In the twelfth and thirteenth century a great change came over Europe. Altered economic conditions imperatively demanded the creation of a parochial clergy. The priest with a cure of souls could no longer live as a member of a community. He must needs take up his residence among his people in village and hamlet. The solemn and public celebration of the Divine Office was no longer possible, except perhaps on some few days in the year, on the occasion of some festival which would cause a conflux both of priests and people. It was necessary to adjust the Choir Office to the new conditions, so as to render its private recitation possible for a busy parish priest living alone, at a distance from the Cathedral church.

This was the time when the Mendicant Orders arose. They spread rapidly throughout Europe, precisely because their vocation and purpose was so eminently adapted to the new needs of the world, namely, the preaching of the Gospel from place to place. The monk residing in his monastery could still devote the best of his time and energy to his chief work in life — the Opus Dei. The friar's need, and for that matter, the parish priest's — was, not the numerous volumes in use in a monastic, or cathedral choir, but some small book which he could easily carry about on his many displacements. It is then that Breviaries first appear, more or less in the shape in which we know them. "Breviaria sua in quibus possint horas suas legere, quando sunt in itinere," says a Council of Treves in 1227. By order of Gregory IX, Haymo, General of the Friars Minor, composed an abridgment of the Canonical Offices — in short, a Breviary — which Nicholas III (1277-1280) imposed on the Roman Basilicas. Thus were the older, longer Offices gradually supplanted by the new Breviary, even the monks falling in with the new trend towards shorter services. However, the Roman Basilicas, and in particular that of the Lateran, clung tenaciously to the old forms. For this reason Gregory XI (1370-1378) that is, a full century later, ordained that, in order that harmony might exist between the head and the members, the Lateran Basilica should sing the night and day Offices juxta rubricam, ordinem, sive morem sanctae Romanae Ecclesiae, seu capellae Domini nostri Papae. This decree is important, inasmuch as, for the first time in history, the principle is laid down that the Ordo Curiae, or Capellae Papalis, is to be considered as the mos Sanctae Romanae Ecclesiae and the standard to be copied by other churches. (Cf. Baeumer, Brevier, p. 321.)

Notwithstanding this decree, local churches, as well as religious Orders, held fast by their own traditions. The Office of the Capellae Papalis had not been imposed on the Universal Church and so the door had been left open to further changes and innovations. It is, therefore, not to be wondered at, that a variety of offices and breviaries should have been the result of the latitude left for the play of private likes and dislikes.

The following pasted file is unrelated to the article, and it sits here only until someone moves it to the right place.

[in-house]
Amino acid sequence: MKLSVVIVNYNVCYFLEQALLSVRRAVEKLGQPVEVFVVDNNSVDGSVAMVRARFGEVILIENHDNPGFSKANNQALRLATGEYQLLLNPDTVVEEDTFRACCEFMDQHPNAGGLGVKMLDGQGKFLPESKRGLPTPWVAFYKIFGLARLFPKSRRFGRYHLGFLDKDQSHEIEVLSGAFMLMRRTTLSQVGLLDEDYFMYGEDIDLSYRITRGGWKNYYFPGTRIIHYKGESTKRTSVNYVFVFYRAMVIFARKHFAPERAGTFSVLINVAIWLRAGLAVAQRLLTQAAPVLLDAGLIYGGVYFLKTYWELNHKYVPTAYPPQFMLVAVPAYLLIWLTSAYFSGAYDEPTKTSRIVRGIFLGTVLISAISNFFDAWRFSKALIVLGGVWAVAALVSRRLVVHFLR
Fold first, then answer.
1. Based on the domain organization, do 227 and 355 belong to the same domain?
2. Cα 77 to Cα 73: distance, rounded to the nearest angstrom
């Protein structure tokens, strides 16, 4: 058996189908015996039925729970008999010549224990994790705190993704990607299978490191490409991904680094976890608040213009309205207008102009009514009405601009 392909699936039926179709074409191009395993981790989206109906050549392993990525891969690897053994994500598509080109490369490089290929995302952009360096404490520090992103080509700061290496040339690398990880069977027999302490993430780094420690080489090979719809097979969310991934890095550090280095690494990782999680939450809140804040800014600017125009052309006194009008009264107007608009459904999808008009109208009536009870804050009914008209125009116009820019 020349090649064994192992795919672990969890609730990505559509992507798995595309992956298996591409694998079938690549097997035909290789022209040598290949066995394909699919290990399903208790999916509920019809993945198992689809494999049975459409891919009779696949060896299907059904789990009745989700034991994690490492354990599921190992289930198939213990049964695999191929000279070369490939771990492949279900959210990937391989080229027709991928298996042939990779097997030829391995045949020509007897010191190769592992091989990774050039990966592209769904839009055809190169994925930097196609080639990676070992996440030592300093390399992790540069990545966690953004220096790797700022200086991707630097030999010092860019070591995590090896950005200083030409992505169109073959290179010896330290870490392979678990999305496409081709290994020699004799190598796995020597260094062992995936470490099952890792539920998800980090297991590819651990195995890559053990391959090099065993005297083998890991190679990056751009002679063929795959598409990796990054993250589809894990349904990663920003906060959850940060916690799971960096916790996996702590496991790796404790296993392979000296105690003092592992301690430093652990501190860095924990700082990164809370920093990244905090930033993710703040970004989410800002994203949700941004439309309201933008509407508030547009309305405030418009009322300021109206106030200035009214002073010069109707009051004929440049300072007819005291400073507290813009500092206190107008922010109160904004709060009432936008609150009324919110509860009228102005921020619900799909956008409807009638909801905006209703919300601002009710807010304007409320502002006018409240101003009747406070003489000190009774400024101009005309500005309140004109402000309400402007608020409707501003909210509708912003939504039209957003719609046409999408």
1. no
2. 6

When the Council of Trent met, one of the questions with which the Fathers meant to deal was that of the reform of the Breviary. However, the subject only came up for discussion towards the close of that illustrious assembly. A commission was appointed to study the whole question of uniformity in the celebration of the Divine Offices. A new Breviary, the fruit of its labors, was published by St. Pius V, and rendered obligatory by the Bull Quod a nobis, July 9, 1568.

We are all familiar with this Breviary, since it is the one that was placed in our hands on the day of our ordination to the subdiaconate. It has undergone no substantial alteration since 1568, until the Pontificate of Pius X. The Bull of Pius V abolished all local breviaries which could not lay claim to an antiquity of at least two hundred years. A great many feasts of Saints and Octaves were likewise suppressed, so as to ensure the more regular recitation of the ferial Office. Apart from the feasts of our Lord, the new Breviary counted only some sixty doubles, about thirty or forty semi-doubles and thirty-three simples. Thus it came about that the ferial Office could be celebrated on some two hundred days. However, the immediate successors of the great Dominican Pope re-established many feasts suppressed by him, thus once more displacing the ferias. During the Pontificate of Urban VIII many of the Breviary hymns were tampered with — notwithstanding the venerable antiquity of most of them — on the plea of correcting their defective Latinity, or prosody. We shall have more to say on these corrections when discussing the Breviary hymns.

The last, and to us the most interesting alteration, or innovation, in the sacred psalmody has been brought about by that great and holy Pontiff, Pius X. Up to his Pontificate, especially during the reign of his illustrious predecessor, Leo XIII, the feasts of Saints had been greatly multiplied. Even the Sunday Office had to yield place to the Saints, so that the celebration of a Sunday Office was a rare occurrence, outside the closed seasons of Advent, Septuagesima and Lent. The most obvious consequence of this frequency of saints' days was the repetition of the same psalms. Some psalms were said almost daily, others were never heard in choir, and remained comparatively unknown to the majority of those who are bound to say Office. Moreover, the clergy had a legitimate ground for complaining, in that the longest Offices — if the Sunday Offices were said — coincided with these days, when their parochial duties made the heaviest claim upon their time and energy. A return to older, simpler and shorter forms of Liturgical Prayer had become imperative. However, the change was to be brought about in such wise that the honor due to the saints should suffer no loss, whilst the ferial Office should once more come into its own. It is clear to all that this ideal was most happily realized. The Octave of Christmas set an obvious precedent which needed but to be followed on a larger scale. Thus we now happily combine the cultus of the saints, with which we have been so long familiar, whilst we are at the same time enable to enjoy the rich feast spread before us in the ferial and Sunday Offices. Moreover, a fairly successful effort has been made to secure the integral recitation of the psalter in the course of each week. Yet, far from adding to the priest's daily burden, he has, on the contrary, been relieved from a task which at times it was almost beyond his power to bear.

After these sketchy and all too summary preliminary details, we shall now study each of the constituent parts of the Breviary. It is an indispensable study for the priest. The more we endeavor to understand this glorious book, the more we realize the truth of the words which St. Celestine I wrote to the Bishop of Gaul, more than fourteen centuries ago: "Orationum sacerdotalium sacramenta respicamus, quae ab Apostolis tradita in toto mundo atque in omni Ecclesia Catholica uniformiter celebrantur, ut legem credendi statuat lex supplicandi" (Cf. Denzinger, Enchirid.).

© Joseph F. Wagner, Inc.


See also:

The Divine Office: Introductory

The Divine Office: Formation

The Divine Office: Matins — Prayer at Night